- Special Pages
DOHA: This month Qatar will welcome some of the most senior international names in military logistics and support for the second Annual Qatar Defence Logistics and Support Forum running from November 11 to November 13.
This pioneering event is officially supported by the Qatar Armed Forces and has the direct backing of the Chief of General Staff.
Spearheading the project is Assistant Chief of Staff Logistics Brigadier General Nasser Mohammed Al Ali. Further to this a tri-service 50 strong delegation of senior officers will be in attendance from the Qatar Armed Forces, as well as senior officials from the United Arab Emirates, Saudi Arabia.
The event will feature senior military officers across international Armies, Navies, Air Forces and Joint Forces.
With military spending on the increase in the seemingly recession-proof Middle East region, logistics and support functions are essential for the continued efficiency of Armed Forces operations. This conference will cover the entire spectrum of logistics considerations for today’s military. Some of the subjects covered includes: Delivering timely support to the warfighter, Performance Based Logistics, NATO codification, lifecycle cost management, multilateral in-theatre tri-service interoperability and much more. The program also includes panel discussions looking at naval logistics and joint logistics.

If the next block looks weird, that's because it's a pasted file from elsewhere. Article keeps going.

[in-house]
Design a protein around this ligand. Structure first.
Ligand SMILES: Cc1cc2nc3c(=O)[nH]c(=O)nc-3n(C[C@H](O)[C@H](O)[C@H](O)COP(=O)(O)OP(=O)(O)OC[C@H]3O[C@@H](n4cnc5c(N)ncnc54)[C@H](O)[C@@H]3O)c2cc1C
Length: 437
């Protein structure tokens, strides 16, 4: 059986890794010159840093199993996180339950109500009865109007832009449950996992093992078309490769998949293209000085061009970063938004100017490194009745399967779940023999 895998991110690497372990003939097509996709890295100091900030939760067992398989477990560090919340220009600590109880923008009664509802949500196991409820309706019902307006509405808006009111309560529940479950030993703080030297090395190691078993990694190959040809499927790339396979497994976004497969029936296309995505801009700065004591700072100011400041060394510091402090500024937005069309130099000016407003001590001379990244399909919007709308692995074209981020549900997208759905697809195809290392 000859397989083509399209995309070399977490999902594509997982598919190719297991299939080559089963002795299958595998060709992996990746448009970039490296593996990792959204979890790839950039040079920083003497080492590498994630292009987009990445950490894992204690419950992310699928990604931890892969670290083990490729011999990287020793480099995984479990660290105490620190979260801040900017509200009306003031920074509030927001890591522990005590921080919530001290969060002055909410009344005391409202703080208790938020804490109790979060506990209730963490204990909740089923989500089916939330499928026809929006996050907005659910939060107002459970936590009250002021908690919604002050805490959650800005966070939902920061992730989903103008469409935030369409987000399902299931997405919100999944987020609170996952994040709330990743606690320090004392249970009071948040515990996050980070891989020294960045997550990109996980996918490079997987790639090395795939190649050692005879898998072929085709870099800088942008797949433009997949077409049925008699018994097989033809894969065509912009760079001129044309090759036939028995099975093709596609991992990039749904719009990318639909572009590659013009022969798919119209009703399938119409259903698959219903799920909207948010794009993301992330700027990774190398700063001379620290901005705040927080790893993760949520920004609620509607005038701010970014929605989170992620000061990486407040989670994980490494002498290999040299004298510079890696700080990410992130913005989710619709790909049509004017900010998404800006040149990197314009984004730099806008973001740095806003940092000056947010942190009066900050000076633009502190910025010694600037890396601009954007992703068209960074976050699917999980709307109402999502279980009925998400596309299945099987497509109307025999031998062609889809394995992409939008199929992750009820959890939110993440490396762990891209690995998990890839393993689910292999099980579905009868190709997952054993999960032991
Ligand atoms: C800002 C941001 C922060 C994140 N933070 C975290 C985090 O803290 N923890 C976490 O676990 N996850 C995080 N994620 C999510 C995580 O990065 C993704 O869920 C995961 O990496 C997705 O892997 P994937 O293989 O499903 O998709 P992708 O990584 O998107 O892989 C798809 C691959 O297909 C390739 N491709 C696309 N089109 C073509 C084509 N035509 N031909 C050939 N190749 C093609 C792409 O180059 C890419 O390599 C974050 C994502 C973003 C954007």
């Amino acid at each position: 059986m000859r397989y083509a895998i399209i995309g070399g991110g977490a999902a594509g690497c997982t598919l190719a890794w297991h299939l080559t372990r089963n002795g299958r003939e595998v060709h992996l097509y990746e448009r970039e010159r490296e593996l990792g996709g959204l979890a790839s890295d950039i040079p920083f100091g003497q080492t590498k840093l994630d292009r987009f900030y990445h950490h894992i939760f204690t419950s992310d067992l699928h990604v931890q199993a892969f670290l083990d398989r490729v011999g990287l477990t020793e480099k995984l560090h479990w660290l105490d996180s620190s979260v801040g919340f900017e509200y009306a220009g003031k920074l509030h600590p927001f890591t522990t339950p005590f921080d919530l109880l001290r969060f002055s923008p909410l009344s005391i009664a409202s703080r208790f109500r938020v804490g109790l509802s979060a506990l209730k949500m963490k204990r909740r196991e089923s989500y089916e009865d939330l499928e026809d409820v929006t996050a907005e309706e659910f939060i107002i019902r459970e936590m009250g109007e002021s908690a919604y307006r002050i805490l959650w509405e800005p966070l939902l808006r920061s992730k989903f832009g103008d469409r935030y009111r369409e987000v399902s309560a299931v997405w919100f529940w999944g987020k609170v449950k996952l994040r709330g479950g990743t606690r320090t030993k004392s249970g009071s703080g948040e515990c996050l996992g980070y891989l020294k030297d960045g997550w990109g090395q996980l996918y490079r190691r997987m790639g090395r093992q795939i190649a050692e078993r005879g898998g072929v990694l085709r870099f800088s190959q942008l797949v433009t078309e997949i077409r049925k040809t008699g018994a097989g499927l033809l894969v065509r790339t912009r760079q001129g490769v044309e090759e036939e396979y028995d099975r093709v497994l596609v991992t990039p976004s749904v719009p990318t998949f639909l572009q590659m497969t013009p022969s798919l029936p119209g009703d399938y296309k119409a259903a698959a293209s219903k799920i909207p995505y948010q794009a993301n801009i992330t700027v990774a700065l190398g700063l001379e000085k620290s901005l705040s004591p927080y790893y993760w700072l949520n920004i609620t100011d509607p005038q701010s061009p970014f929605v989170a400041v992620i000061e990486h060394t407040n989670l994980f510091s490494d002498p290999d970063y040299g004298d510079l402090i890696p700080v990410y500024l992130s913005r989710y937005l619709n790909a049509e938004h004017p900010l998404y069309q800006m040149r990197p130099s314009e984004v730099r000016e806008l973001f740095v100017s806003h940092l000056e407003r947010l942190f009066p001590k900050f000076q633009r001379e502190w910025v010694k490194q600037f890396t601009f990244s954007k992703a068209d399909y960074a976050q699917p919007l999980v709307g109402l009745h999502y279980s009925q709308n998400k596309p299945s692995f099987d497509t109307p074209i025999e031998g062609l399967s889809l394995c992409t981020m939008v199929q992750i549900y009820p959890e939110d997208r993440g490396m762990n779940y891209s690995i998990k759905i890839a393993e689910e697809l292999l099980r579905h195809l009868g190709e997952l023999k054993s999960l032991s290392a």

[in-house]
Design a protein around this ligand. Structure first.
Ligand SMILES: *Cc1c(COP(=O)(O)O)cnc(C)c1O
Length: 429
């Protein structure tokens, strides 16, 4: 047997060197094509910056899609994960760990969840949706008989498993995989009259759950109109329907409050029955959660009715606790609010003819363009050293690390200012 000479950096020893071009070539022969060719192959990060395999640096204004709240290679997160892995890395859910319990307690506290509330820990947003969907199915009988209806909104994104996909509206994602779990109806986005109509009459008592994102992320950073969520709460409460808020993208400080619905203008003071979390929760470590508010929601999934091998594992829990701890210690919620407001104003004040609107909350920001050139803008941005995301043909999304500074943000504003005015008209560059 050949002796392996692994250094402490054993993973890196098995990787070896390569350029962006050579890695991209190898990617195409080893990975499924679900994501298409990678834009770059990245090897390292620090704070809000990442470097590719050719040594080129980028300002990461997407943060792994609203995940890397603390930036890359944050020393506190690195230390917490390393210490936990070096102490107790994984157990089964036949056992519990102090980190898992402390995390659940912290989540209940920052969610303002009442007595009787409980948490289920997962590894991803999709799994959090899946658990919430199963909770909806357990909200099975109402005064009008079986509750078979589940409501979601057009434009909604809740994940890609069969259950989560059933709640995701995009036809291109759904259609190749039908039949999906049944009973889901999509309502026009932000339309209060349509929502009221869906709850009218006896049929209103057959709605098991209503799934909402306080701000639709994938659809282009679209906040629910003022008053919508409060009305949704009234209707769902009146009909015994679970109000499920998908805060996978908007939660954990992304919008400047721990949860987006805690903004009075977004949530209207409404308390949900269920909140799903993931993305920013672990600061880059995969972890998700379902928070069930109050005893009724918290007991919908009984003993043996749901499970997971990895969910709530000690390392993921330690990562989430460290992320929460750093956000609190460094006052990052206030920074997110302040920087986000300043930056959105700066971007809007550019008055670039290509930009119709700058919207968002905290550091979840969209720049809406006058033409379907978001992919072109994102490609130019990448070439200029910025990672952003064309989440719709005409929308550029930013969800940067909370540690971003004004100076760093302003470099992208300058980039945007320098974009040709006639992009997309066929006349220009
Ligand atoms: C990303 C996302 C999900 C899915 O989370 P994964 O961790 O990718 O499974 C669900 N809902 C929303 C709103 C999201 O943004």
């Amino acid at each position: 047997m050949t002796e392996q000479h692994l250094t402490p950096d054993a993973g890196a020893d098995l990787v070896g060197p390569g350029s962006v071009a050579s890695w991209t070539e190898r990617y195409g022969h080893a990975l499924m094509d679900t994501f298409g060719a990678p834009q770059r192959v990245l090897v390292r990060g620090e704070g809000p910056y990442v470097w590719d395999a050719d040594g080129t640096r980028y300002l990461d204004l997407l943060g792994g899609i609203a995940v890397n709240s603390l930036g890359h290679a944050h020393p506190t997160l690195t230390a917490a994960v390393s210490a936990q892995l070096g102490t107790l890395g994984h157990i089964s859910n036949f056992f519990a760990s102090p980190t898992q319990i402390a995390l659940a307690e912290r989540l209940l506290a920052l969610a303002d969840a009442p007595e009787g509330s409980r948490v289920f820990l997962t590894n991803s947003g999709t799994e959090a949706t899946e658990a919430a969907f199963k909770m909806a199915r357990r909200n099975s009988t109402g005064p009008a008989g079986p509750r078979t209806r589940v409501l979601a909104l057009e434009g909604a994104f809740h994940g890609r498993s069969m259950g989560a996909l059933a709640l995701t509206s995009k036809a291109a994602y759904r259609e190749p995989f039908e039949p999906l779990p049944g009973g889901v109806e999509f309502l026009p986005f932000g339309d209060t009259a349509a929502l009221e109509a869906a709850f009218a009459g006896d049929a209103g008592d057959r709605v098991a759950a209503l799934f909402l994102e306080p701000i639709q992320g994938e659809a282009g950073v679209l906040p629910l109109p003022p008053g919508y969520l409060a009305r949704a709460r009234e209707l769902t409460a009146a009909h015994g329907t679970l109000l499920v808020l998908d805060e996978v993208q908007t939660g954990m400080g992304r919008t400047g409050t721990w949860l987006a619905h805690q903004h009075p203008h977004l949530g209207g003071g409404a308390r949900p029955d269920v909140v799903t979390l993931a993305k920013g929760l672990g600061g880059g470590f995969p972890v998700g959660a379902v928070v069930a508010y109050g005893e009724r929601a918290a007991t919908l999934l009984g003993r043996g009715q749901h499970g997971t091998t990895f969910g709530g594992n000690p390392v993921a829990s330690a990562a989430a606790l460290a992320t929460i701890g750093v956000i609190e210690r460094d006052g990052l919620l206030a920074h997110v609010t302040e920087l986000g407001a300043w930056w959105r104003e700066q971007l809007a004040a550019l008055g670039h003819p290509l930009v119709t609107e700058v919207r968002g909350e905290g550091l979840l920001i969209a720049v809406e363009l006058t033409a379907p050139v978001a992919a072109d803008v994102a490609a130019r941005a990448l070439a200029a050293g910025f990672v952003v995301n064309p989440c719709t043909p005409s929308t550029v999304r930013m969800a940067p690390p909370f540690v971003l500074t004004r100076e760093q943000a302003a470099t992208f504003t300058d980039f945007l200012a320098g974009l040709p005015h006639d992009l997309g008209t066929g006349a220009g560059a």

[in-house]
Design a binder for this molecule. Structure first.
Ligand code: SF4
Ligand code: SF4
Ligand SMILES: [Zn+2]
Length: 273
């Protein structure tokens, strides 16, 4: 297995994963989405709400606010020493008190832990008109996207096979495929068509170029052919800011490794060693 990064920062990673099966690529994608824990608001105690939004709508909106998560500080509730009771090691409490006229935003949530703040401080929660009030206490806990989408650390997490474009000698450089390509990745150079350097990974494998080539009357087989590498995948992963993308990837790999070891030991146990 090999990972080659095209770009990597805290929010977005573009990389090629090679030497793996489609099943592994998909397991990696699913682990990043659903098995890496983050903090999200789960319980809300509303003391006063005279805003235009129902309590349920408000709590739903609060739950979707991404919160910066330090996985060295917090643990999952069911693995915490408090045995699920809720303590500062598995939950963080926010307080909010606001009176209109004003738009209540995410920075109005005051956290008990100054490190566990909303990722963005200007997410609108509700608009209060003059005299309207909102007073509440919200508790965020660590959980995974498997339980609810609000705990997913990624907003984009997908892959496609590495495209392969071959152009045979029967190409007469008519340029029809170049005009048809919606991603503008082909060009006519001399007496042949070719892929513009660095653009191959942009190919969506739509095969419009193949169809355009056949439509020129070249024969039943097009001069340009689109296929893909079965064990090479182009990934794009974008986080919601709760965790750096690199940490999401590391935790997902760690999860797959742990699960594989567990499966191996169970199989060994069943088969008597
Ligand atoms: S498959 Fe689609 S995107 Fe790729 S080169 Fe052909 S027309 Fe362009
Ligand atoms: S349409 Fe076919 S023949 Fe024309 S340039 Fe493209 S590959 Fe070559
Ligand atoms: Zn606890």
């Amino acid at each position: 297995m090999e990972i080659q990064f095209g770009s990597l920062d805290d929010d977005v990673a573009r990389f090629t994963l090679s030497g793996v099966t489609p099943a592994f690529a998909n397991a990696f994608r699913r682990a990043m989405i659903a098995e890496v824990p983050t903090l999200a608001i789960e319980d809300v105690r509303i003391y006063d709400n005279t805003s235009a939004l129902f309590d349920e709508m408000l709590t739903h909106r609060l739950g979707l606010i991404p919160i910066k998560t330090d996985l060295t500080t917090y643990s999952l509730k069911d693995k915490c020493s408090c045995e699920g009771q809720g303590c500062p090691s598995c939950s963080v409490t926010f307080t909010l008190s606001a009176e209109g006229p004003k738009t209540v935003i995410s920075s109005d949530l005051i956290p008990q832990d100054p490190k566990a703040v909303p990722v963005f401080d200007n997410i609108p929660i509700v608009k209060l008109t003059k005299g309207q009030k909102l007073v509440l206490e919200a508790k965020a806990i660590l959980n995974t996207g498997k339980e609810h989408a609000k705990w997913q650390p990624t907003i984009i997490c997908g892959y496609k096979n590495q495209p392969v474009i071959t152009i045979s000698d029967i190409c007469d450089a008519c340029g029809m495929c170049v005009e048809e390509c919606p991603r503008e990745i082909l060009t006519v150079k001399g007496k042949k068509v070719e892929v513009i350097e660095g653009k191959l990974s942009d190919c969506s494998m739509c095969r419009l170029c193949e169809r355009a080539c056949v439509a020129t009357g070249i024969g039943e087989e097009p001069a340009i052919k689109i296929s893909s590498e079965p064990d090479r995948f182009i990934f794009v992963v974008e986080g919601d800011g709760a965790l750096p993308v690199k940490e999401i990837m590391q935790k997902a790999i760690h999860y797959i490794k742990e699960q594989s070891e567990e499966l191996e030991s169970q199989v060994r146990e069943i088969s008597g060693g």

“IQPC are delighted to have been chosen by the Qatar Armed Forces to organise this event. We bring a wealth of experience both regionally, and through our global leading Defence IQ portfolio of events. This event shows our support for the rapid growth and advancements happening in Qatar. This support is being reciprocated by the Qatar Armed Forces” said Symon Rubens, Managing Director, IQPC Middle East.
Vice Admiral Alberto Gauzolino, Admiral Chief Inspector of the Italian Navy and keynote speaker at the Qatar Defence Logistics and Support Forum, shed light on how the Italian Navy has taken on the challenges of developing an efficient, effective and interoperable logistics systems and strategies.
He said the greatest challenged faced in his years in logistics was, and still is, to get better efficiency facing a critical decrease of resources, both in human and budget terms.
“In other words, we want ‘to do more with less’. To put this challenge in the right perspective, it is important to underline that many things changed in the last decade.”
First of all, the duties that the Italian Navy has to accomplish, as requested by the government and dictated by the international situation changed radically, moving from operations carried out in a “local” area of interest toward an “enlarged Mediterranean” sea.
This generated the need to develop a naval capability to operate far from the bases and to stay at sea for longer time. Secondly, there is the need to have a smaller naval instrument, but definitely a more efficient one, flexible and more sustainable by a logistic point of view.
Explaining the differences in logistic pressures when supplying in time of war and peace, he said it is usual to make reference to either the logistics close to the crisis area, named “adherence logistics”, or to the activities that remain resident in the country, i.e. “support logistics”. This is true in general, but for the Navies the difference between the two is not so clear cut. The Peninsula